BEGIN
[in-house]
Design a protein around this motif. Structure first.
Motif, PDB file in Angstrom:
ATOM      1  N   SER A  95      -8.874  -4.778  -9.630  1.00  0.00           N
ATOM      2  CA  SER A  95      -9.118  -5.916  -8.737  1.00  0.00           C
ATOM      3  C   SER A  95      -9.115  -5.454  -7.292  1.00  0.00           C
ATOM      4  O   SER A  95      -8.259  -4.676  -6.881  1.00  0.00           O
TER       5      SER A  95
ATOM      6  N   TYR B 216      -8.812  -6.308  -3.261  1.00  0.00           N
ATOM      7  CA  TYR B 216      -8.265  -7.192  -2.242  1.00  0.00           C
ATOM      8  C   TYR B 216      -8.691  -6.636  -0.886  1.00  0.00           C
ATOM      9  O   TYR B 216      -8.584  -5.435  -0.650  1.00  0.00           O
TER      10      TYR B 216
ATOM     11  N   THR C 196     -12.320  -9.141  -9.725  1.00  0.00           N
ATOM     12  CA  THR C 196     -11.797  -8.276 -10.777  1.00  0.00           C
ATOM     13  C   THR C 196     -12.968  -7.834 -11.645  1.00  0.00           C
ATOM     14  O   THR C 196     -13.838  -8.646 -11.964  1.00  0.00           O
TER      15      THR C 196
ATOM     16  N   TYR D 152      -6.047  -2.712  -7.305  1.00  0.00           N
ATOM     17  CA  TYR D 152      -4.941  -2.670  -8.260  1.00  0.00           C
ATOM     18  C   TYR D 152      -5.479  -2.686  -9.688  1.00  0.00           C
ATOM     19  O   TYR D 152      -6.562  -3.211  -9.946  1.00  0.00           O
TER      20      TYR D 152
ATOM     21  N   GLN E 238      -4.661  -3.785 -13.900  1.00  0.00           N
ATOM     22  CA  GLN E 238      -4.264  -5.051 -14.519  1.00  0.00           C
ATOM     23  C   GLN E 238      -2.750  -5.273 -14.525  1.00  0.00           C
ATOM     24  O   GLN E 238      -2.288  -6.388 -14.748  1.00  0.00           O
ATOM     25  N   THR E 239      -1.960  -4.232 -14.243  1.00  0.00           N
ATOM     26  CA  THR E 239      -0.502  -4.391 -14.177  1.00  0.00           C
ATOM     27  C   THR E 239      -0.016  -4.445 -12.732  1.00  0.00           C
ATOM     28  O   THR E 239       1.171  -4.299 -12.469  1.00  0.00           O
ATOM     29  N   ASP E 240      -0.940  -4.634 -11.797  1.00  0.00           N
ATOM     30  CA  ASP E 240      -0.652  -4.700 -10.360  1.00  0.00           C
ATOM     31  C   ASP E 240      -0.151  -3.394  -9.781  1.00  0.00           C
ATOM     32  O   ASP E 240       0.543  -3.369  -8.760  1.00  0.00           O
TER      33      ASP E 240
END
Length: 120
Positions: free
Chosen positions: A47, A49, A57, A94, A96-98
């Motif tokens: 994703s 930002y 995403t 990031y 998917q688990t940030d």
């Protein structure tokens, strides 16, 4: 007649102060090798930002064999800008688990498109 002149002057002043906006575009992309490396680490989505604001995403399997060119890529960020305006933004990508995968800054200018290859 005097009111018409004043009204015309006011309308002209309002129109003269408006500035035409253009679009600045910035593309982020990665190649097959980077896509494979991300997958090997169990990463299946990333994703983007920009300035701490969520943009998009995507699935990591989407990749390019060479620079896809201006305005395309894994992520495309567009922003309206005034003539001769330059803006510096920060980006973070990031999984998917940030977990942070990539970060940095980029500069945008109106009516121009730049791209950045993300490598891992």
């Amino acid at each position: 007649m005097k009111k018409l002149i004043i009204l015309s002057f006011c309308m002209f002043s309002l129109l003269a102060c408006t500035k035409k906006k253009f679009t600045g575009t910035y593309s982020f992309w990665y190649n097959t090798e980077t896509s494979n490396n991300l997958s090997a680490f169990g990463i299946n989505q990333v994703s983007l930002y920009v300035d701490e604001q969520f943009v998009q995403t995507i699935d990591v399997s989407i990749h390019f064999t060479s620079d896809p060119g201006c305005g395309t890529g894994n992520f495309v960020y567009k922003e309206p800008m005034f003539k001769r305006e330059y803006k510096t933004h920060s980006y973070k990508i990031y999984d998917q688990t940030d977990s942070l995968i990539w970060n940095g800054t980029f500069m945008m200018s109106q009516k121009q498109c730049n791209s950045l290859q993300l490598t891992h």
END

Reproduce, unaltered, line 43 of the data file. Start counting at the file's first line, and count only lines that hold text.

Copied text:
């Amino acid at each position: 007649m005097k009111k018409l002149i004043i009204l015309s002057f006011c309308m002209f002043s309002l129109l003269a102060c408006t500035k035409k906006k253009f679009t600045g575009t910035y593309s982020f992309w990665y190649n097959t090798e980077t896509s494979n490396n991300l997958s090997a680490f169990g990463i299946n989505q990333v994703s983007l930002y920009v300035d701490e604001q969520f943009v998009q995403t995507i699935d990591v399997s989407i990749h390019f064999t060479s620079d896809p060119g201006c305005g395309t890529g894994n992520f495309v960020y567009k922003e309206p800008m005034f003539k001769r305006e330059y803006k510096t933004h920060s980006y973070k990508i990031y999984d998917q688990t940030d977990s942070l995968i990539w970060n940095g800054t980029f500069m945008m200018s109106q009516k121009q498109c730049n791209s950045l290859q993300l490598t891992h």